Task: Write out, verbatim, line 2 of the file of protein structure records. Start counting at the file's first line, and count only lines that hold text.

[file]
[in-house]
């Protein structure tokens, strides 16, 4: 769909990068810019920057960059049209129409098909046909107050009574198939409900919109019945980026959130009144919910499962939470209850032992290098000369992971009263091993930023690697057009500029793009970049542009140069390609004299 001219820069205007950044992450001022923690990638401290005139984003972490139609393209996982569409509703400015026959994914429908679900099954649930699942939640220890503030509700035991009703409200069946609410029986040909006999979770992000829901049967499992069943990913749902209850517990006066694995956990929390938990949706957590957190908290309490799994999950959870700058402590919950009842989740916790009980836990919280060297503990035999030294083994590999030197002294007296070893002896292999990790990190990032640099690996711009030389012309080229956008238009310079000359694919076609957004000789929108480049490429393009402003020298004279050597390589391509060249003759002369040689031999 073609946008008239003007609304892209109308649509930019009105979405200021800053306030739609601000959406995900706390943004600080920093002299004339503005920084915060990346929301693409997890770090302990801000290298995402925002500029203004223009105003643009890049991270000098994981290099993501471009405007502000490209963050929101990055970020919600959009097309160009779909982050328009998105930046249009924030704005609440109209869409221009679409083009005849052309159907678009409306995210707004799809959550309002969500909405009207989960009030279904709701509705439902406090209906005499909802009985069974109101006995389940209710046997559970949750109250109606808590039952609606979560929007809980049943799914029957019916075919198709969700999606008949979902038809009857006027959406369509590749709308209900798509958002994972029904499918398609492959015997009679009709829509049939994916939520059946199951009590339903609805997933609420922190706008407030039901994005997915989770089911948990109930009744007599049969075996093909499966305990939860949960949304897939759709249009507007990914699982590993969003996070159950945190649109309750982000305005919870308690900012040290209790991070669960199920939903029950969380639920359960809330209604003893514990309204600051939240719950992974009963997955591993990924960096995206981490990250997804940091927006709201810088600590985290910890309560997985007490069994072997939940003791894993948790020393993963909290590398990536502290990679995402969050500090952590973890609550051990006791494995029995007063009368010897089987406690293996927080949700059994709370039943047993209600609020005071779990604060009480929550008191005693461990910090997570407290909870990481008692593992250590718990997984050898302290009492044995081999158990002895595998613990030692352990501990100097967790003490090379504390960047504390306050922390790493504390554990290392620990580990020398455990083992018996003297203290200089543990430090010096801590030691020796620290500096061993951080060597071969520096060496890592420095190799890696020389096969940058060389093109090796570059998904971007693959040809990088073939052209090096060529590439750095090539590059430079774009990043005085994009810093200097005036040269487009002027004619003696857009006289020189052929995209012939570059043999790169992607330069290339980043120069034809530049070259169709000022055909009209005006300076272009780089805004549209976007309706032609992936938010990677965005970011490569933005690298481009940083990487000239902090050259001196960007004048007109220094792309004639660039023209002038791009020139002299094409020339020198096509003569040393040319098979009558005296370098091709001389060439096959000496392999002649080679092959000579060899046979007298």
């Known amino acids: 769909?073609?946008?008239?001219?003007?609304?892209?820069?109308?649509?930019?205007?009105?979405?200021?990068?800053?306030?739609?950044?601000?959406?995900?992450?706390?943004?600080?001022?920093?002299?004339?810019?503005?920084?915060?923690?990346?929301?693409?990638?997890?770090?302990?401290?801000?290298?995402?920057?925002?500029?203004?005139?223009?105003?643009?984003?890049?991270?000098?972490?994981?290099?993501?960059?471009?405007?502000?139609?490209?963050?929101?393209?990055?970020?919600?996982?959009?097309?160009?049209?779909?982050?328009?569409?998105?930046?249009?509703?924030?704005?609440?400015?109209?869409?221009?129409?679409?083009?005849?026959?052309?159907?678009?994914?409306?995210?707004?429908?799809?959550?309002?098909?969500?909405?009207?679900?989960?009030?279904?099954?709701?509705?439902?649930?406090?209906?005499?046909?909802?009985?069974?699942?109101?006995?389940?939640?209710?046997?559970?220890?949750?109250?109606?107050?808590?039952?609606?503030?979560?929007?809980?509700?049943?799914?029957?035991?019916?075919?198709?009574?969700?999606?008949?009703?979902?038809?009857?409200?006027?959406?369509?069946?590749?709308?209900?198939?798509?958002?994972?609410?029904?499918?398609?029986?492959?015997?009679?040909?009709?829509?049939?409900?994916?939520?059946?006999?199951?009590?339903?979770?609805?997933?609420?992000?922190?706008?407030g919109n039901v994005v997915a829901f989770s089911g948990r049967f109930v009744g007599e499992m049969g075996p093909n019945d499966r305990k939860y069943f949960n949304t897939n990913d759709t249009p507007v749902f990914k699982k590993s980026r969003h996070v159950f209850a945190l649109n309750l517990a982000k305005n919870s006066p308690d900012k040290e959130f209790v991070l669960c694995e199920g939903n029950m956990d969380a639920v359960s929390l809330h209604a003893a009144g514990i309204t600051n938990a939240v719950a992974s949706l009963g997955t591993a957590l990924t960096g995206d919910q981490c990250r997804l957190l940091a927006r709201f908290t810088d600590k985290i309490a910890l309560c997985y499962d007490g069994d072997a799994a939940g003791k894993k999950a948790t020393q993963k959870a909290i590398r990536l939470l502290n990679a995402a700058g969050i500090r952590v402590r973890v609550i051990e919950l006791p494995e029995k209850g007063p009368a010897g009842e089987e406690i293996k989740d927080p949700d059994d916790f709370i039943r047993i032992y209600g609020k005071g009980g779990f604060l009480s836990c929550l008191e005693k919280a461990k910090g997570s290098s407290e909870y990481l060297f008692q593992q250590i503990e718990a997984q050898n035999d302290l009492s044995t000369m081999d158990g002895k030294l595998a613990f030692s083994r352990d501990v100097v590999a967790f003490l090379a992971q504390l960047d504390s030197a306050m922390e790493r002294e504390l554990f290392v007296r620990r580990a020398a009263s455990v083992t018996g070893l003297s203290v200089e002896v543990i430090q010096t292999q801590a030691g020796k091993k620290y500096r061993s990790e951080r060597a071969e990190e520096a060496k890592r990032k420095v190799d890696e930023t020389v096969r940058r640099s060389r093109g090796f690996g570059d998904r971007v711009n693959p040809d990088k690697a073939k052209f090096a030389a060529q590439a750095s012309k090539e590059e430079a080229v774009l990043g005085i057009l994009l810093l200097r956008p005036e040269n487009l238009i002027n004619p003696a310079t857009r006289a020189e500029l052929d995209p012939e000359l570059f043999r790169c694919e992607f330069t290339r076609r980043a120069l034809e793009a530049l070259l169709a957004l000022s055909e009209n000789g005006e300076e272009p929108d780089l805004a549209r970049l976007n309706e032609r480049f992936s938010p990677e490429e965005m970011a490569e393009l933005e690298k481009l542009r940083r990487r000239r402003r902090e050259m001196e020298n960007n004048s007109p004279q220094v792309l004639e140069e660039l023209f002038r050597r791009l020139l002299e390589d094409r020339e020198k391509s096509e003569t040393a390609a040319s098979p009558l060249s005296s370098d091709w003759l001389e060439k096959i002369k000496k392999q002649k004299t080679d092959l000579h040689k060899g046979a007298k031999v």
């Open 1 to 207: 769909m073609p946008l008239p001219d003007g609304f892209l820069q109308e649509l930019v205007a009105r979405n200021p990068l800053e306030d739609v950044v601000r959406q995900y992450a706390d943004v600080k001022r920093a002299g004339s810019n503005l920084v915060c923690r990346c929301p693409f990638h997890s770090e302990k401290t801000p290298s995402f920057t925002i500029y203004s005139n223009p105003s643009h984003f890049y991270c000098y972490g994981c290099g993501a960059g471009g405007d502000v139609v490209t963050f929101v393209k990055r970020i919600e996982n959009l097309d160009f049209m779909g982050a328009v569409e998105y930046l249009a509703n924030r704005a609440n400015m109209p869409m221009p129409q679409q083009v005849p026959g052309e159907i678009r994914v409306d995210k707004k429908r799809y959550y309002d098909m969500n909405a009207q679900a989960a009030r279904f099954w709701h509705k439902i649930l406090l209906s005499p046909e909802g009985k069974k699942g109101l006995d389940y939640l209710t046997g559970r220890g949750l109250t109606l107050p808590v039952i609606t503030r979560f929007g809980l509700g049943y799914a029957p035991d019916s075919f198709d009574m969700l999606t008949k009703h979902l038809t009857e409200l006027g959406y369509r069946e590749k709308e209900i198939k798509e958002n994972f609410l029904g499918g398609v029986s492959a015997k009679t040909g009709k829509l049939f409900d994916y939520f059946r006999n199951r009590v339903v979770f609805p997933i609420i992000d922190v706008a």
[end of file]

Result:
């Protein structure tokens, strides 16, 4: 769909990068810019920057960059049209129409098909046909107050009574198939409900919109019945980026959130009144919910499962939470209850032992290098000369992971009263091993930023690697057009500029793009970049542009140069390609004299 001219820069205007950044992450001022923690990638401290005139984003972490139609393209996982569409509703400015026959994914429908679900099954649930699942939640220890503030509700035991009703409200069946609410029986040909006999979770992000829901049967499992069943990913749902209850517990006066694995956990929390938990949706957590957190908290309490799994999950959870700058402590919950009842989740916790009980836990919280060297503990035999030294083994590999030197002294007296070893002896292999990790990190990032640099690996711009030389012309080229956008238009310079000359694919076609957004000789929108480049490429393009402003020298004279050597390589391509060249003759002369040689031999 073609946008008239003007609304892209109308649509930019009105979405200021800053306030739609601000959406995900706390943004600080920093002299004339503005920084915060990346929301693409997890770090302990801000290298995402925002500029203004223009105003643009890049991270000098994981290099993501471009405007502000490209963050929101990055970020919600959009097309160009779909982050328009998105930046249009924030704005609440109209869409221009679409083009005849052309159907678009409306995210707004799809959550309002969500909405009207989960009030279904709701509705439902406090209906005499909802009985069974109101006995389940209710046997559970949750109250109606808590039952609606979560929007809980049943799914029957019916075919198709969700999606008949979902038809009857006027959406369509590749709308209900798509958002994972029904499918398609492959015997009679009709829509049939994916939520059946199951009590339903609805997933609420922190706008407030039901994005997915989770089911948990109930009744007599049969075996093909499966305990939860949960949304897939759709249009507007990914699982590993969003996070159950945190649109309750982000305005919870308690900012040290209790991070669960199920939903029950969380639920359960809330209604003893514990309204600051939240719950992974009963997955591993990924960096995206981490990250997804940091927006709201810088600590985290910890309560997985007490069994072997939940003791894993948790020393993963909290590398990536502290990679995402969050500090952590973890609550051990006791494995029995007063009368010897089987406690293996927080949700059994709370039943047993209600609020005071779990604060009480929550008191005693461990910090997570407290909870990481008692593992250590718990997984050898302290009492044995081999158990002895595998613990030692352990501990100097967790003490090379504390960047504390306050922390790493504390554990290392620990580990020398455990083992018996003297203290200089543990430090010096801590030691020796620290500096061993951080060597071969520096060496890592420095190799890696020389096969940058060389093109090796570059998904971007693959040809990088073939052209090096060529590439750095090539590059430079774009990043005085994009810093200097005036040269487009002027004619003696857009006289020189052929995209012939570059043999790169992607330069290339980043120069034809530049070259169709000022055909009209005006300076272009780089805004549209976007309706032609992936938010990677965005970011490569933005690298481009940083990487000239902090050259001196960007004048007109220094792309004639660039023209002038791009020139002299094409020339020198096509003569040393040319098979009558005296370098091709001389060439096959000496392999002649080679092959000579060899046979007298």